“Though women are free to use all of their giftedness in teaching and leading in the church, the role of elder seems biblically to be relegated to men.”This statement is the conclusion of a Dallas-area church that has long had a reputation for holding fast to the Word. It also represents what many other Bible-teaching churches have decided. And I think it’s worth discussing here not because of the conclusion they reached, but because of what it has revealed (again) about the dynamic of discussions within the church. We use the most astonishing rhetoric when we disagree!
Look at the statement again. Interpretation: a woman may stand behind the pulpit on Sunday morning, but she may not serve on the elder board. Now, let me say from the start that I have no intention of commenting on this church’s actual decision. Others have done plenty of that. What I am far more interested in doing here is providing commentary on the commentary.
First, some have labeled the decision to allow for women’s preaching as an “inerrancy” issue rather than an “interpretation/ hermeneutics” issue. As a result we hear smears such as “liberal” applied, which suggests that those who have drawn such conclusions take a low view of holy writ. (Surely we can say, can’t we, that even egalitarian scholars such as Roger Nicole, F. F. Bruce, Gordon Fee, and Craig Keener, take a high enough view of Scripture?) We must give each other the benefit of the doubt that a) those seeing in the biblical text less freedom for women are not necessarily doing so because they want to “keep women down” and b) those seeing in the biblical text more freedom for women are not necessarily doing so because they’re driven by a radical feminist agenda. Can’t we show some Christian charity and assume everybody has pure motives unless proven otherwise?
Next, the decision to allow women publicly to teach has been described by some as “egalitarian.” Yet to the egalitarian mind, a decision to go with an all-male board is sort of equivalent to a Civil Rights leader allowing blacks to speak as long as they do so under the authority of whites. Just because something is a move toward more freedom does not make it egalitarian. The statement above is a complementarian conclusion that no egalitarian would embrace.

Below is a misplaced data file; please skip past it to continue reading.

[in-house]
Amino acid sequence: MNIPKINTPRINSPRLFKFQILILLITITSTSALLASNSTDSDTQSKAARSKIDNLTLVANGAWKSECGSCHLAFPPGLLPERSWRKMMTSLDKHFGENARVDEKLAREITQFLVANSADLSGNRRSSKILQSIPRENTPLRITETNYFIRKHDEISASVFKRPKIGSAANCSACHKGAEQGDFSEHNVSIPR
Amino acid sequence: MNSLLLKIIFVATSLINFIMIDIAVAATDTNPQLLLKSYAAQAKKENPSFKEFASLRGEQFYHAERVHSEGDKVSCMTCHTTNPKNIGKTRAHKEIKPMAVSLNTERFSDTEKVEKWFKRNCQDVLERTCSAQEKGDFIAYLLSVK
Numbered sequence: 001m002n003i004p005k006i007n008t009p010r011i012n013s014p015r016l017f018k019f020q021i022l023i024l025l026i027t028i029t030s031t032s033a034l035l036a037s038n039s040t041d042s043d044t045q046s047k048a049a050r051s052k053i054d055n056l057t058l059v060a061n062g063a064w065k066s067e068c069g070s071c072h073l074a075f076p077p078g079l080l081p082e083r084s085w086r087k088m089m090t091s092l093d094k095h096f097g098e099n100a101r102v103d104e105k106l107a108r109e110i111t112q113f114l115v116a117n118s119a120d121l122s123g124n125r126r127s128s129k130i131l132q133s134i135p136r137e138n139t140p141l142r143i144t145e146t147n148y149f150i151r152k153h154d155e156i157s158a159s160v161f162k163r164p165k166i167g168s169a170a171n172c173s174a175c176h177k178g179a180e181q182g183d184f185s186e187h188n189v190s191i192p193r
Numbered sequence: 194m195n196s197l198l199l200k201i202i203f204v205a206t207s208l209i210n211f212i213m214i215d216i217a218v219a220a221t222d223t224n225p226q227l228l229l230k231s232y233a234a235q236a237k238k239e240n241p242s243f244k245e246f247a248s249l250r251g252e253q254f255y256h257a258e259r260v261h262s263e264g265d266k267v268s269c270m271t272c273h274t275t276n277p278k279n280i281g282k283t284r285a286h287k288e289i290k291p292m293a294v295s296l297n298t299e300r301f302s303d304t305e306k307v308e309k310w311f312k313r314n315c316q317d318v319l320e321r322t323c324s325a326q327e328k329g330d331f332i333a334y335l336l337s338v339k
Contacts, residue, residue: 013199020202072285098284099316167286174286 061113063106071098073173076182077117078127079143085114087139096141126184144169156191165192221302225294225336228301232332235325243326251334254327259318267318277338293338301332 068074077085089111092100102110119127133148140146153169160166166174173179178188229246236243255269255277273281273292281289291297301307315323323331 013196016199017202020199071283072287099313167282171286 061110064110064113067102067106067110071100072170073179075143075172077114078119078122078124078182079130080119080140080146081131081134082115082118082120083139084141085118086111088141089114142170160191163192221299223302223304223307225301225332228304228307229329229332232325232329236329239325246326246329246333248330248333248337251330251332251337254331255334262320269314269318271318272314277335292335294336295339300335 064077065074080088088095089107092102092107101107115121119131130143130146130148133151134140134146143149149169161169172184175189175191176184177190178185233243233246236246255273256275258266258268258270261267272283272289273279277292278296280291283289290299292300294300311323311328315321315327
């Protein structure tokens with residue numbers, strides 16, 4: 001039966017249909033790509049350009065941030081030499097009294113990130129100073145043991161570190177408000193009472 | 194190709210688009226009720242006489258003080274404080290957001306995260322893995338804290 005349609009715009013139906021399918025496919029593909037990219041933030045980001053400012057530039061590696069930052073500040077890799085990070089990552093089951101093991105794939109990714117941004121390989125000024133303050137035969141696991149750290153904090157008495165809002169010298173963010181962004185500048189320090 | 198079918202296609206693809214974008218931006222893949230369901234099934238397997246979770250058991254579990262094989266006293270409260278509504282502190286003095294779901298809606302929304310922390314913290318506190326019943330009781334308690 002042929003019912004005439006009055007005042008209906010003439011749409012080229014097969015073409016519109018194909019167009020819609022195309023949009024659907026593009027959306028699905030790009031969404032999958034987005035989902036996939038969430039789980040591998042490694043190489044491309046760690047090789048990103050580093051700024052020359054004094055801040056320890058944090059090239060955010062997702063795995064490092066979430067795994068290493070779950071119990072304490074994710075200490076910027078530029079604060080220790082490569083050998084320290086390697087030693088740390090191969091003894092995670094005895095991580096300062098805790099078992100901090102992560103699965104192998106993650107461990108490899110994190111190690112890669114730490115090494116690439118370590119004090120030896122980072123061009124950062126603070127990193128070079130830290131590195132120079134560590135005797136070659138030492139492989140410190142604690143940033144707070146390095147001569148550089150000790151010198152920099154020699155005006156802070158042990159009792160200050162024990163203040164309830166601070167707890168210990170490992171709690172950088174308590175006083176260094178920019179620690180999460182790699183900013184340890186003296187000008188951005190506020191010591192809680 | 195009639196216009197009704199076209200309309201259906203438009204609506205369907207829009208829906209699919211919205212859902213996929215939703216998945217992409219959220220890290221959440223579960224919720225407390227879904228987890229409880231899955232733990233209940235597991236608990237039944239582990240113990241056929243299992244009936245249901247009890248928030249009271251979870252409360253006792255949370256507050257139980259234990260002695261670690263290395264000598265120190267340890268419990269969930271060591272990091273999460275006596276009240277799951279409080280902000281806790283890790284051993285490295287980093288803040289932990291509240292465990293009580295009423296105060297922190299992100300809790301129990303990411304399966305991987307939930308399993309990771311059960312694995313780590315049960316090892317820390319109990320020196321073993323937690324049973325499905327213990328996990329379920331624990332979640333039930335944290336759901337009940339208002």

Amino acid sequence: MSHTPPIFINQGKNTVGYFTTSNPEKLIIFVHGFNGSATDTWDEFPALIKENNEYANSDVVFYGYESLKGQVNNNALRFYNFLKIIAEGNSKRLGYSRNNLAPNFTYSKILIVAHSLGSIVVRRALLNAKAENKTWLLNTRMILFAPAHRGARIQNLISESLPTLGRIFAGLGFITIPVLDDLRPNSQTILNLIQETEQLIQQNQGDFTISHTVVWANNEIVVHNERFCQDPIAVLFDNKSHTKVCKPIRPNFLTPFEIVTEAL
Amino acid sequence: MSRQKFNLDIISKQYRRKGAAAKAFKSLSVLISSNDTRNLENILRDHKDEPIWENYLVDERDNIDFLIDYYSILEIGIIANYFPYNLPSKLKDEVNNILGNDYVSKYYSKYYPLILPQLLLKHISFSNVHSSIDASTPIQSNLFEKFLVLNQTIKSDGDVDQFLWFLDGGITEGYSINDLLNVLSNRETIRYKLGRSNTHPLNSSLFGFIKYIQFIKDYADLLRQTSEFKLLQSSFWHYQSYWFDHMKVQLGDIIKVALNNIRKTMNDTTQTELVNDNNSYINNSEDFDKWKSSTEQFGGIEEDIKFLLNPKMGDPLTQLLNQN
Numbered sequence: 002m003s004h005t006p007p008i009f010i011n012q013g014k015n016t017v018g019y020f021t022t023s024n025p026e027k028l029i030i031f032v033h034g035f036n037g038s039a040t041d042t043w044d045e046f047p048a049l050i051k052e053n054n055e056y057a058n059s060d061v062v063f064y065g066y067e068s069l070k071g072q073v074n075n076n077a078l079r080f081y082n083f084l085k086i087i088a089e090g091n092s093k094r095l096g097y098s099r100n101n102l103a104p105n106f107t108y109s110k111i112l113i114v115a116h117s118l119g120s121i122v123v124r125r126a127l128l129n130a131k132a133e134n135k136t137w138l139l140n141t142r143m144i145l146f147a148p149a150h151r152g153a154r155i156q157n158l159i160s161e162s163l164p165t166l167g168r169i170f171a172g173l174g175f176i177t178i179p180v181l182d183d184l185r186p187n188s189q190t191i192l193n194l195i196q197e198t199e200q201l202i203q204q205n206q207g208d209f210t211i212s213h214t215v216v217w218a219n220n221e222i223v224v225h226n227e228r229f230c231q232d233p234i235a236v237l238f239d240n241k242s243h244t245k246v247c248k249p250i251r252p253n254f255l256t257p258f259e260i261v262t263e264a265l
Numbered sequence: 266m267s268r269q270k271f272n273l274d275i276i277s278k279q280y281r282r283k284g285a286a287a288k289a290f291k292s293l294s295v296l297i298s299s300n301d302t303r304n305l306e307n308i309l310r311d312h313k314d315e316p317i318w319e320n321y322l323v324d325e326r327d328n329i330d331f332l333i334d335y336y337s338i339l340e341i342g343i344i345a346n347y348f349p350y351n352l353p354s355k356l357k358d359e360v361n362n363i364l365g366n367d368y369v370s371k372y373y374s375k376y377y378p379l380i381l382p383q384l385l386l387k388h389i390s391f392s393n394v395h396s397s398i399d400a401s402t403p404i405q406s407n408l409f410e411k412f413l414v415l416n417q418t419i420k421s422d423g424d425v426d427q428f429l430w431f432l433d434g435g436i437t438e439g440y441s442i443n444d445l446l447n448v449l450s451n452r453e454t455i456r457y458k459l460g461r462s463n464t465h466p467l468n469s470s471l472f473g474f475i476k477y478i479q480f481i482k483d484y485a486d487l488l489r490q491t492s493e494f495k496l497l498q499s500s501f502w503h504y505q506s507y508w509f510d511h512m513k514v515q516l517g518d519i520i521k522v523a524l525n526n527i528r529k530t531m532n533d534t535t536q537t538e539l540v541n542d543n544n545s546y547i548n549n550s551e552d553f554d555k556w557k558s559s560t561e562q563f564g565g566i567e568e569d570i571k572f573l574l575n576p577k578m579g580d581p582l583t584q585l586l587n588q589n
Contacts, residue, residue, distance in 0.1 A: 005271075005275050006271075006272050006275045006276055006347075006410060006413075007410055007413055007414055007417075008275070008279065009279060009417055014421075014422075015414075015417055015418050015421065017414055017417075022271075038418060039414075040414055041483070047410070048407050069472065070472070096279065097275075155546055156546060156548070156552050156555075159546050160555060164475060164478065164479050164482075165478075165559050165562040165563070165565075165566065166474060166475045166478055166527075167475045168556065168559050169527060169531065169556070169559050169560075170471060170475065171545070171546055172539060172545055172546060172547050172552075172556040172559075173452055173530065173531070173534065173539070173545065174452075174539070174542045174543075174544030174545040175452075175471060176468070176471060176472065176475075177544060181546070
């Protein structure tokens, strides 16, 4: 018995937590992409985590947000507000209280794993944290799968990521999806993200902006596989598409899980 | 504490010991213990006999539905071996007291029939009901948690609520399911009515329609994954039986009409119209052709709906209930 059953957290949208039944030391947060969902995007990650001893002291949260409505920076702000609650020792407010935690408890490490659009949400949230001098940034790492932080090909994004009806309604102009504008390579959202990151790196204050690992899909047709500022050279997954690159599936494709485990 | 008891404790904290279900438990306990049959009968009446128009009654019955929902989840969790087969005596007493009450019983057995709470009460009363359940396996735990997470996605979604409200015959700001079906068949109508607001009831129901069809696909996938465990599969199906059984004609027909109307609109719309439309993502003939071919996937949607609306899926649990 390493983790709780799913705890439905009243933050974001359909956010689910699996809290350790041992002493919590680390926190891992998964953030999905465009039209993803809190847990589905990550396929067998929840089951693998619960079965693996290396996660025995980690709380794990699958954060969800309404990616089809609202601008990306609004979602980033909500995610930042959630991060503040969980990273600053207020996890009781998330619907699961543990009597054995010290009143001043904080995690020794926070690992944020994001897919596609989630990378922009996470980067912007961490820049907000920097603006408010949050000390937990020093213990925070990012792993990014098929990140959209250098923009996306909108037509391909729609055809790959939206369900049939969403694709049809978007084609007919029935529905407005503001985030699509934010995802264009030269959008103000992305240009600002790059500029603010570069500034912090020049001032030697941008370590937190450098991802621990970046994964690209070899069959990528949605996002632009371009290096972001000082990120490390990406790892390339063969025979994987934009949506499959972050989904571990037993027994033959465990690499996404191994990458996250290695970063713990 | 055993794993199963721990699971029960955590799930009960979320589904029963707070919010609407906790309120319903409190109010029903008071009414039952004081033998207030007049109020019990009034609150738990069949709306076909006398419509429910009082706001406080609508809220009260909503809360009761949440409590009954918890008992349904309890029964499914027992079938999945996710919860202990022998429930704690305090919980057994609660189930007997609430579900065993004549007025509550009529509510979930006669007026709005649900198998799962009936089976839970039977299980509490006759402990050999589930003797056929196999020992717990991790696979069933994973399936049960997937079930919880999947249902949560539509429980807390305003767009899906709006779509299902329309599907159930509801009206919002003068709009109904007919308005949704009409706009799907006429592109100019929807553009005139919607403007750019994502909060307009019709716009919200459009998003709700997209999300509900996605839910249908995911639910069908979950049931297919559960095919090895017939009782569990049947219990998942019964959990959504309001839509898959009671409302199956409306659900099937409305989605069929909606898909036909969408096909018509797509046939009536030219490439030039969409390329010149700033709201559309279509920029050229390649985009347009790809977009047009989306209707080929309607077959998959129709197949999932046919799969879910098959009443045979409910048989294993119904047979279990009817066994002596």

Such assessments of the statement demonstrate wide differences within the complementarian camp.
Some will allow women to preach but not serve as pastors or elders. Some will not allow them to be preachers. I know of one who would allow women to be elders but not senior pastors. Others place the authority line only within the marriage relationship. All complementarians draw a line, but we see some variety in where they draw it. And sadly each group seems to get a different set of friends and enemies every time they do.Another (and secondary) error made by those on the more conservative end is to blame women’s speaking on American cultural trends started by feminist leader Betty Friedan. In doing so…
- They show a relative ignorance of global Christianity. For example, in the house churches of China “women in particular have been the dominant leaders. Arthur Glasser emphasizes how the modeling by missionary women played a significant part in the survival of Christianity under Communism, and asserts that 85 percent of the pastoral leaders of China’s house churches are women” (Frances Hiebert, “Missionary Women as Models in the Cross-Cultural Context” Missiology l0:4 , 459–460). And then there’s Cuba. Same deal. Also Africa. American evangelicals have often said female leadership is okay because the church really needs these people. When it grows strong enough to have only male leaders, it will change. But the African church is arguably stronger in many places than in North America.
- They fail to own their own heritage of evangelicals who served on the front lines of advocating for women (think: Sunday schools instituted when the culture at large thought women didn’t need educatin’). Things actually got more conservative among many Bible-believers after Betty Friedan came along, probably as a reaction against women’s lib. Have you seen the footage in “Beyond the Gates of Splendor” of Rachel Saint in the 1950’s teaching men doctrine? A past president of Dallas Theological Seminary told me in a private interview that Dr. Lewis Sperry Chafer, one of the school’s founders, invited a woman, “Mrs. Tan,” to speak in chapel there when this former president was a student. I don’t know the exact year that happened, but Dr. Chafer died in 1952—eleven years before Ms. Betty released The Feminine Mystique. And Moody Bible Institute, a vanguard of evangelicalism and inerrancy, trained women for ordained pastoral ministry in the 1920’s.